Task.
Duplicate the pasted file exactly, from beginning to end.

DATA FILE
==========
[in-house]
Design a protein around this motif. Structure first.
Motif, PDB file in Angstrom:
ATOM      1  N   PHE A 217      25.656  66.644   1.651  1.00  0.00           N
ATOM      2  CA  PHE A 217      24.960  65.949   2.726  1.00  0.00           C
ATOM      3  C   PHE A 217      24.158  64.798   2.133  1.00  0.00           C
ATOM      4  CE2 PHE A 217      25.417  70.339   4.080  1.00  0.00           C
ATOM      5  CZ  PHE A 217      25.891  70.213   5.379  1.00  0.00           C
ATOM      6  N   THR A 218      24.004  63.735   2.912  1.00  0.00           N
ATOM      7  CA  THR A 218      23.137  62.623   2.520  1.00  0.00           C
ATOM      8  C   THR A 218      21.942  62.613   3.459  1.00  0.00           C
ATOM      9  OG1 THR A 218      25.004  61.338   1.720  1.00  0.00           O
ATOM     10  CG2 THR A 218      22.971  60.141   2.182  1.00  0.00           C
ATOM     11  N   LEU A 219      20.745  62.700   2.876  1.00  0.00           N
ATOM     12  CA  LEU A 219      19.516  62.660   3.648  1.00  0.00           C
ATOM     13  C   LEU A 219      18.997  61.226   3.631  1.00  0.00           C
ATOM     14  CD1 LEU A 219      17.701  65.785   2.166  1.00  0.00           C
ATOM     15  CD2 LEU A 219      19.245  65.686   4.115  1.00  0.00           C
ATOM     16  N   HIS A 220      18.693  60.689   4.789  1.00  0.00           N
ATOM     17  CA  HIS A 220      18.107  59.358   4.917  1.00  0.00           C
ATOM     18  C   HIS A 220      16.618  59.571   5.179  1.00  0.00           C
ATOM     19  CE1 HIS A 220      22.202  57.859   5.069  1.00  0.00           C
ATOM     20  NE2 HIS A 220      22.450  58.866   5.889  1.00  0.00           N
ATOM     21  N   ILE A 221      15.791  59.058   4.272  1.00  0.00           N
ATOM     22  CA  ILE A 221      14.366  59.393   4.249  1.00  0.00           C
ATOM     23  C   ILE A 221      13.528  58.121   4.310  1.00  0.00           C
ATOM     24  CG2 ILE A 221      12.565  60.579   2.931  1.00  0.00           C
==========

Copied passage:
[in-house]
Design a protein around this motif. Structure first.
Motif, PDB file in Angstrom:
ATOM      1  N   PHE A 217      25.656  66.644   1.651  1.00  0.00           N
ATOM      2  CA  PHE A 217      24.960  65.949   2.726  1.00  0.00           C
ATOM      3  C   PHE A 217      24.158  64.798   2.133  1.00  0.00           C
ATOM      4  CE2 PHE A 217      25.417  70.339   4.080  1.00  0.00           C
ATOM      5  CZ  PHE A 217      25.891  70.213   5.379  1.00  0.00           C
ATOM      6  N   THR A 218      24.004  63.735   2.912  1.00  0.00           N
ATOM      7  CA  THR A 218      23.137  62.623   2.520  1.00  0.00           C
ATOM      8  C   THR A 218      21.942  62.613   3.459  1.00  0.00           C
ATOM      9  OG1 THR A 218      25.004  61.338   1.720  1.00  0.00           O
ATOM     10  CG2 THR A 218      22.971  60.141   2.182  1.00  0.00           C
ATOM     11  N   LEU A 219      20.745  62.700   2.876  1.00  0.00           N
ATOM     12  CA  LEU A 219      19.516  62.660   3.648  1.00  0.00           C
ATOM     13  C   LEU A 219      18.997  61.226   3.631  1.00  0.00           C
ATOM     14  CD1 LEU A 219      17.701  65.785   2.166  1.00  0.00           C
ATOM     15  CD2 LEU A 219      19.245  65.686   4.115  1.00  0.00           C
ATOM     16  N   HIS A 220      18.693  60.689   4.789  1.00  0.00           N
ATOM     17  CA  HIS A 220      18.107  59.358   4.917  1.00  0.00           C
ATOM     18  C   HIS A 220      16.618  59.571   5.179  1.00  0.00           C
ATOM     19  CE1 HIS A 220      22.202  57.859   5.069  1.00  0.00           C
ATOM     20  NE2 HIS A 220      22.450  58.866   5.889  1.00  0.00           N
ATOM     21  N   ILE A 221      15.791  59.058   4.272  1.00  0.00           N
ATOM     22  CA  ILE A 221      14.366  59.393   4.249  1.00  0.00           C
ATOM     23  C   ILE A 221      13.528  58.121   4.310  1.00  0.00           C
ATOM     24  CG2 ILE A 221      12.565  60.579   2.931  1.00  0.00           C